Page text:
The majority acknowledged that the People's expert analysis—presented in the People's affirmation and not by way of expert affidavit—could not provide a basis for denial of the motion as those opinions were not in admissible form (109 A.D.3d at 404 n. 3, 970 N.Y.S.2d 509).
The dissenters argued that
“defendant met his initial burden by offering sworn evidence of mtDNA analysis showing that the hairs from the perpetrator's hat were not his. The rebuttal offered by the People, in the form of an attorney's affirmation containing hearsay statements questioning the reliability of the mtDNA test results, is insufficient to discredit defendant's evidence” ( id. at 409, 970 N.Y.S.2d 509).
In the dissent's view, the People's assertions that the laboratory procedures were flawed, and the results inconclusive, constituted factual issues that should not have been determined on the papers ( id.). A Justice of the Appellate Division granted defendant leave to appeal to this Court pursuant to CPL 460.20.
A defendant may make a postjudgment application to vacate his judgment of conviction on the ground that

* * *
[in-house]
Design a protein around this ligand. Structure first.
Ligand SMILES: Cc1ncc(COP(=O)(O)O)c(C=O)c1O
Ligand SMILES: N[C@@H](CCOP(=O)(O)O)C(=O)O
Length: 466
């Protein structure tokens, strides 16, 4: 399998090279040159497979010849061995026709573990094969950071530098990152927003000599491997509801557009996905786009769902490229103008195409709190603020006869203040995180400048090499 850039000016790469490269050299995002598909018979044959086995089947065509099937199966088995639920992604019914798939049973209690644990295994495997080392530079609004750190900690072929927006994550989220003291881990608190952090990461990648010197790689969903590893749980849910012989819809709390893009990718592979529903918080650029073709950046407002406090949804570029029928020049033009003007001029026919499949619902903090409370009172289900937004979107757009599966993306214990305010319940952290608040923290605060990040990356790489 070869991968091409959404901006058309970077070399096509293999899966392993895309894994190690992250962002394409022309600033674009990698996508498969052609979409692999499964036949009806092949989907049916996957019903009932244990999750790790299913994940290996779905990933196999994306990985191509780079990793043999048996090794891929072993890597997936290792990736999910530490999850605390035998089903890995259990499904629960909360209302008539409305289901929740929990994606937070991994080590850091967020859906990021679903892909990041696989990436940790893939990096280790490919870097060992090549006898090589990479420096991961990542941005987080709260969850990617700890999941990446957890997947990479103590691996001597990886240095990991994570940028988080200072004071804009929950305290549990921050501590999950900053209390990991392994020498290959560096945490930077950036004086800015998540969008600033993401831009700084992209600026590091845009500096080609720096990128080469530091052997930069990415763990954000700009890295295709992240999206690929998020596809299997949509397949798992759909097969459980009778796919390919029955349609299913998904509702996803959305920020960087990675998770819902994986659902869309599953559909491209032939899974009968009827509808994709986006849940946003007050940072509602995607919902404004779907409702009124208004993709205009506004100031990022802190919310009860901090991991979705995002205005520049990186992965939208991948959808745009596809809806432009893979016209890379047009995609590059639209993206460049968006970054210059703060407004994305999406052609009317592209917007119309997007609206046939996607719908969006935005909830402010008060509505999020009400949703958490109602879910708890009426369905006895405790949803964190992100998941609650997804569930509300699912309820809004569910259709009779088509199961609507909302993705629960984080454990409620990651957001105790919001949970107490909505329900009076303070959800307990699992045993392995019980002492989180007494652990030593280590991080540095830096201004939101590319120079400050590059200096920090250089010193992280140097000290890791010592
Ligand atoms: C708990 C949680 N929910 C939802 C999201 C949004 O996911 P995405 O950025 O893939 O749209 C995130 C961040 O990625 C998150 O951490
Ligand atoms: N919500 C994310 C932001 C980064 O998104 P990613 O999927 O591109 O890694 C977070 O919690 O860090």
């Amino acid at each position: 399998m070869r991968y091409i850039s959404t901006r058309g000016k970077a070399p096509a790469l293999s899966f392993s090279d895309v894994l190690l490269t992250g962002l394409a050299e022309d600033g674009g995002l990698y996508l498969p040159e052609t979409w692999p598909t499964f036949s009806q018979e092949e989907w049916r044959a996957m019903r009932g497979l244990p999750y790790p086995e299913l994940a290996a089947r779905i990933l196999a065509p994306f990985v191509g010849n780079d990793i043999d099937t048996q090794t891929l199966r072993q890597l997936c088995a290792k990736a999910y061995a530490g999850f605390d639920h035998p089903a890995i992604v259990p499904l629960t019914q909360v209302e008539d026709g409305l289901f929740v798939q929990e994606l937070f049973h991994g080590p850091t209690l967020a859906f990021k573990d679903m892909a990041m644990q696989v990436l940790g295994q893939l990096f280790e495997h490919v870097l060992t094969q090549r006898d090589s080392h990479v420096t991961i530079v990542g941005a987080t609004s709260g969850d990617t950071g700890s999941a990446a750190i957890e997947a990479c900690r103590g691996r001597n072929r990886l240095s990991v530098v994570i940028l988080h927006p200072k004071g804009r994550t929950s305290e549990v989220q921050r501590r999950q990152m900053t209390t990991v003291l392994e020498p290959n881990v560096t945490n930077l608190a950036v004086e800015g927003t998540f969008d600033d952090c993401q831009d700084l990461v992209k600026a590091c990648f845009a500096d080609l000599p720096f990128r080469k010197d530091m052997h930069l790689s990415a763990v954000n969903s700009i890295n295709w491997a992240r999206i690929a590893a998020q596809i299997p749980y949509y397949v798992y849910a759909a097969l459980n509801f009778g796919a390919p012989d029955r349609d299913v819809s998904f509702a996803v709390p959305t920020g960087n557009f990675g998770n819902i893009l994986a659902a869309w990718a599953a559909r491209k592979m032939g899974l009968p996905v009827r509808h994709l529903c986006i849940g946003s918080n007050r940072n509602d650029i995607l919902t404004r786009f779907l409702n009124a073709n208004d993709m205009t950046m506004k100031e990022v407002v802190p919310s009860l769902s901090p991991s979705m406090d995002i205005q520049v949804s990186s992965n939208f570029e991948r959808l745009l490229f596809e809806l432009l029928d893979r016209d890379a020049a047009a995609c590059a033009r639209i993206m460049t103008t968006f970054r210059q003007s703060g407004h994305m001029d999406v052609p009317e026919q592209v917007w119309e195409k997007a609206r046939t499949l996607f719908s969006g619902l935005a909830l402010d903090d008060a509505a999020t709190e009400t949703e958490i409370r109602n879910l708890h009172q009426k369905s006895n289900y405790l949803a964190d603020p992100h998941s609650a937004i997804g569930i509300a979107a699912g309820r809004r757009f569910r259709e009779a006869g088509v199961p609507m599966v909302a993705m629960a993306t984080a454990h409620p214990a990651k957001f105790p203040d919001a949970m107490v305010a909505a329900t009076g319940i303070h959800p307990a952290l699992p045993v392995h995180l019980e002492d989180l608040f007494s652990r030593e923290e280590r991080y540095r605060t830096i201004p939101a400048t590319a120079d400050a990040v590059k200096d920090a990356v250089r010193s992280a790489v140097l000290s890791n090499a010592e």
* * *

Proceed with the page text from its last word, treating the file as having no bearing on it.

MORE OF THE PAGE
“[n]ew evidence has been discovered since the entry of a judgment based upon a verdict of guilty after trial, which could not have been produced by the defendant at the trial even with due diligence on his part and which is of such character as to create a probability that had such evidence been received at the trial the verdict would have been more favorable to the defendant” (CPL 440.10[g] ).
Once the parties have filed papers and all documentary evidence or information has been submitted, the court is obligated to consider the submitted material “for the purpose of ascertaining whether the motion is determinable without a hearing to resolve questions of fact” (CPL 440.30 [a] ). Upon consideration of the merits of the motion, the motion court “may deny it without conducting a hearing if: (a) [t]he moving papers do not allege any ground constituting legal basis for the motion” (CPL 440.30 [a] ). Undoubtedly, then, whether a defendant is entitled to a hearing on a CPL 440.10 motion is a discretionary determination, but, as we now hold today, it is nonetheless one that is subject to our review for an abuse of discretion.